The ongoing slump in the offshore market has changed the landscape of the Turkish shiprecycling centre of Aliaga.
Adem Simsek, whose Simsekler Group operates one of the larger shiprecycling facilities there, describes Aliaga as becoming a high-rise town as the massive legs of oil rigs tower over the landscape.
“Everywhere you look there are rigs," he says.
Simsekler has recycled dozens of semi-submersible and jack-up rigs over the past couple of years, and Simsek says they just keep on coming from the Gulf of Mexico, Brazil and the North Sea.
More rigs arriving
Three more semi-submersible rigs are expected to reach Simsekler’s beachfront within the next three months.
Turkey is seen as a more viable recycling destination than the Indian subcontinent for rigs originating from the West.
It requires a shorter tow without the need to navigate the often treacherous waters off the South African coast.
The slump in the offshore market is also seeing a big rise in the number of older semi-submersible heavylift ships arriving at Aliaga for demolition.
These ships are often loaded with final cargoes, such as rigs or small offshore support vessels, that are also to be scrapped.
Simsekler has recycled two semi-submersible heavylift ships and has three more on the way.
Simsek could not divulge the seller of these vessels due to confidentiality clauses in the sales contracts.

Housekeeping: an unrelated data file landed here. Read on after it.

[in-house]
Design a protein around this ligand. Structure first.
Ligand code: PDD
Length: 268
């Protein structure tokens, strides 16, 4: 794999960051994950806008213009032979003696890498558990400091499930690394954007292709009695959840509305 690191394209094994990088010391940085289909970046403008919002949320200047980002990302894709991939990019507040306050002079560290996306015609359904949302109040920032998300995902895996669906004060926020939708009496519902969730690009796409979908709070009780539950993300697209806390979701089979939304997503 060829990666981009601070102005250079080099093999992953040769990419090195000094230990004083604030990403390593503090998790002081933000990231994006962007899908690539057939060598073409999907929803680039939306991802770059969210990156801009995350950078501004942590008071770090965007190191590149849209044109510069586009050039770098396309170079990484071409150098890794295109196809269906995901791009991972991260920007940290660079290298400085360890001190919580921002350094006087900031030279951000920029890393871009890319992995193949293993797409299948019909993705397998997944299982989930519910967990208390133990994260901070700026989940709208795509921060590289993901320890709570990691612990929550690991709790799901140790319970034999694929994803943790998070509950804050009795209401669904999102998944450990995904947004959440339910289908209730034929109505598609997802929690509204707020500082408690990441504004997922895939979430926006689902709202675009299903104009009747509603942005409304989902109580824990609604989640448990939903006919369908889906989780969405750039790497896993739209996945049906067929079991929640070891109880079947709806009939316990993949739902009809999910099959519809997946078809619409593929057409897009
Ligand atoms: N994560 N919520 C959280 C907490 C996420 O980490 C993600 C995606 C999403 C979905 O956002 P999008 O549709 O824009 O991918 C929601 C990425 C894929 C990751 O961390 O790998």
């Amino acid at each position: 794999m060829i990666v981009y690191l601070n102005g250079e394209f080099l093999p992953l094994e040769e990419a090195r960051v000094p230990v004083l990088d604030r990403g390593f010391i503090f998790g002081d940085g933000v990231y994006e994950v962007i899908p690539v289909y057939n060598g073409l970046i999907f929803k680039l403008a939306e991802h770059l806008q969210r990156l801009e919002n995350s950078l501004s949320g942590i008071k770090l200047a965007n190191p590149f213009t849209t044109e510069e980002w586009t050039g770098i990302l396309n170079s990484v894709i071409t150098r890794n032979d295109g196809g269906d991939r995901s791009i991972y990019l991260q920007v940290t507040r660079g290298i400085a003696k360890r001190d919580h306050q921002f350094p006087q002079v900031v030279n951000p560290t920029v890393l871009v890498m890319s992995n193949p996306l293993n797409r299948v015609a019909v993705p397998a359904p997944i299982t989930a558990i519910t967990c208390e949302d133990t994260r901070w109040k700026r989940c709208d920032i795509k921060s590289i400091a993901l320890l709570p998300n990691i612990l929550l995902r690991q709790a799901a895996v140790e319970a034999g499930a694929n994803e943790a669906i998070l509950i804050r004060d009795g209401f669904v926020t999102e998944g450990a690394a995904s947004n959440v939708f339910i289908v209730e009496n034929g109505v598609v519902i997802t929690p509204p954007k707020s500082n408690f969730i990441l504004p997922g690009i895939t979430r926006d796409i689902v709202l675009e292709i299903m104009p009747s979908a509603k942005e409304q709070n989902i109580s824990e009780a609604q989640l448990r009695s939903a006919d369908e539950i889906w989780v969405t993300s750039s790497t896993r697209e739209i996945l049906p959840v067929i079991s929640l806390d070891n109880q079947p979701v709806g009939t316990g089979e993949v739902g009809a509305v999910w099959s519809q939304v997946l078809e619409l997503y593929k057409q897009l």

Containerships have also featured frequently on Aliaga’s arrivals lists.
Overall, Simsek said the total volume of tonnage reaching Aliaga has been steadily increasing despite the drop in value of the Turkish lira.
“I am expecting a good market in the second half of this year,” he says. Simsek hopes Simsekler will soon be adding European Union-flagged ships to its purchase lists.
The yard is one of six to have lodged applications with the European Commission to make it onto the EU’s list of approved yards.
We did not have to make many physical changes but we did have to make some procedural changes. The EU is very keen about documentation
DNV GL, the EC’s external third-party auditor, has completed its audits of Simsekler and three other yards.
While Simsek has yet to receive word on the outcome, he appears confident that his yard will obtain the required approval.
“To get EU approval you have to make investments and work with an advisor," he says.
"We did not have to make many physical changes but we did have to make some procedural changes. The EU is very keen about documentation.
“I think all four yards that were recently audited will be approved this year.”
Two yards belonging to Leyal Ship Recycling Group were the first Turkish yards to receive EU approval last year.